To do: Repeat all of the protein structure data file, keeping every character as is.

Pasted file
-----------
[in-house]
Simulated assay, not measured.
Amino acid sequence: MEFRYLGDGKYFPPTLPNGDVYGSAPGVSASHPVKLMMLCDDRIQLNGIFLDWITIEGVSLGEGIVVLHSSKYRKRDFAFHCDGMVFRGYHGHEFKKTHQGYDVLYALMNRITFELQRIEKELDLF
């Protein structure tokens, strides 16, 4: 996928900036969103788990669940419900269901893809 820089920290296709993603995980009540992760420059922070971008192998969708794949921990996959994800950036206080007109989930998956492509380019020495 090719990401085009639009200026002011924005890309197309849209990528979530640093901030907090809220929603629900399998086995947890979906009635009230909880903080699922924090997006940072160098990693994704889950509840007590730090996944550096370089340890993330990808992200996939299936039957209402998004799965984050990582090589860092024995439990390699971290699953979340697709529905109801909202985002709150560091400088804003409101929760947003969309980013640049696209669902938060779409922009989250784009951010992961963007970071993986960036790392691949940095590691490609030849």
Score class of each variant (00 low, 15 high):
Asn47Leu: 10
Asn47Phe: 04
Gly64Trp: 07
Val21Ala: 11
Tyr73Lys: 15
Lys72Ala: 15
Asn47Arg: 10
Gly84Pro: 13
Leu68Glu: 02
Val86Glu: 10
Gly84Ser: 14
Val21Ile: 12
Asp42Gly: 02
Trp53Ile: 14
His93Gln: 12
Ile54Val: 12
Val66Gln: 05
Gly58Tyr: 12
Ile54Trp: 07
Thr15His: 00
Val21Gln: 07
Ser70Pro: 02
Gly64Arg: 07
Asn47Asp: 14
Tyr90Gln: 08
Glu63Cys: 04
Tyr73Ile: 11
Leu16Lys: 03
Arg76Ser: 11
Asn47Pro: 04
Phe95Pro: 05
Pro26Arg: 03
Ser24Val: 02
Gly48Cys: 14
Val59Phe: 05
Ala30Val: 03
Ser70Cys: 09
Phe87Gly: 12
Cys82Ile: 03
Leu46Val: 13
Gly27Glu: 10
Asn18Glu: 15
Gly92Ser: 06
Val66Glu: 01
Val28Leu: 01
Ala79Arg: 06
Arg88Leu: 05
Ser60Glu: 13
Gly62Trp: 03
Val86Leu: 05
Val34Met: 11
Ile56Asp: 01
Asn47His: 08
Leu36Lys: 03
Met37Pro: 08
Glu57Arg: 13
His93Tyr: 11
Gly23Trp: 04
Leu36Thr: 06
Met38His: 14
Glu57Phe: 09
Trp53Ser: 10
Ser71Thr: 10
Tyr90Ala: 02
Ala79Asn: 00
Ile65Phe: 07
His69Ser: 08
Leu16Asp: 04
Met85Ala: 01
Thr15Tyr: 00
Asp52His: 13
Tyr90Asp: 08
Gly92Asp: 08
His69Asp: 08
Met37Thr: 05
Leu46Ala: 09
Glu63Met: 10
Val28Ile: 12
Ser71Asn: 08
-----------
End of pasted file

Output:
[in-house]
Simulated assay, not measured.
Amino acid sequence: MEFRYLGDGKYFPPTLPNGDVYGSAPGVSASHPVKLMMLCDDRIQLNGIFLDWITIEGVSLGEGIVVLHSSKYRKRDFAFHCDGMVFRGYHGHEFKKTHQGYDVLYALMNRITFELQRIEKELDLF
């Protein structure tokens, strides 16, 4: 996928900036969103788990669940419900269901893809 820089920290296709993603995980009540992760420059922070971008192998969708794949921990996959994800950036206080007109989930998956492509380019020495 090719990401085009639009200026002011924005890309197309849209990528979530640093901030907090809220929603629900399998086995947890979906009635009230909880903080699922924090997006940072160098990693994704889950509840007590730090996944550096370089340890993330990808992200996939299936039957209402998004799965984050990582090589860092024995439990390699971290699953979340697709529905109801909202985002709150560091400088804003409101929760947003969309980013640049696209669902938060779409922009989250784009951010992961963007970071993986960036790392691949940095590691490609030849």
Score class of each variant (00 low, 15 high):
Asn47Leu: 10
Asn47Phe: 04
Gly64Trp: 07
Val21Ala: 11
Tyr73Lys: 15
Lys72Ala: 15
Asn47Arg: 10
Gly84Pro: 13
Leu68Glu: 02
Val86Glu: 10
Gly84Ser: 14
Val21Ile: 12
Asp42Gly: 02
Trp53Ile: 14
His93Gln: 12
Ile54Val: 12
Val66Gln: 05
Gly58Tyr: 12
Ile54Trp: 07
Thr15His: 00
Val21Gln: 07
Ser70Pro: 02
Gly64Arg: 07
Asn47Asp: 14
Tyr90Gln: 08
Glu63Cys: 04
Tyr73Ile: 11
Leu16Lys: 03
Arg76Ser: 11
Asn47Pro: 04
Phe95Pro: 05
Pro26Arg: 03
Ser24Val: 02
Gly48Cys: 14
Val59Phe: 05
Ala30Val: 03
Ser70Cys: 09
Phe87Gly: 12
Cys82Ile: 03
Leu46Val: 13
Gly27Glu: 10
Asn18Glu: 15
Gly92Ser: 06
Val66Glu: 01
Val28Leu: 01
Ala79Arg: 06
Arg88Leu: 05
Ser60Glu: 13
Gly62Trp: 03
Val86Leu: 05
Val34Met: 11
Ile56Asp: 01
Asn47His: 08
Leu36Lys: 03
Met37Pro: 08
Glu57Arg: 13
His93Tyr: 11
Gly23Trp: 04
Leu36Thr: 06
Met38His: 14
Glu57Phe: 09
Trp53Ser: 10
Ser71Thr: 10
Tyr90Ala: 02
Ala79Asn: 00
Ile65Phe: 07
His69Ser: 08
Leu16Asp: 04
Met85Ala: 01
Thr15Tyr: 00
Asp52His: 13
Tyr90Asp: 08
Gly92Asp: 08
His69Asp: 08
Met37Thr: 05
Leu46Ala: 09
Glu63Met: 10
Val28Ile: 12
Ser71Asn: 08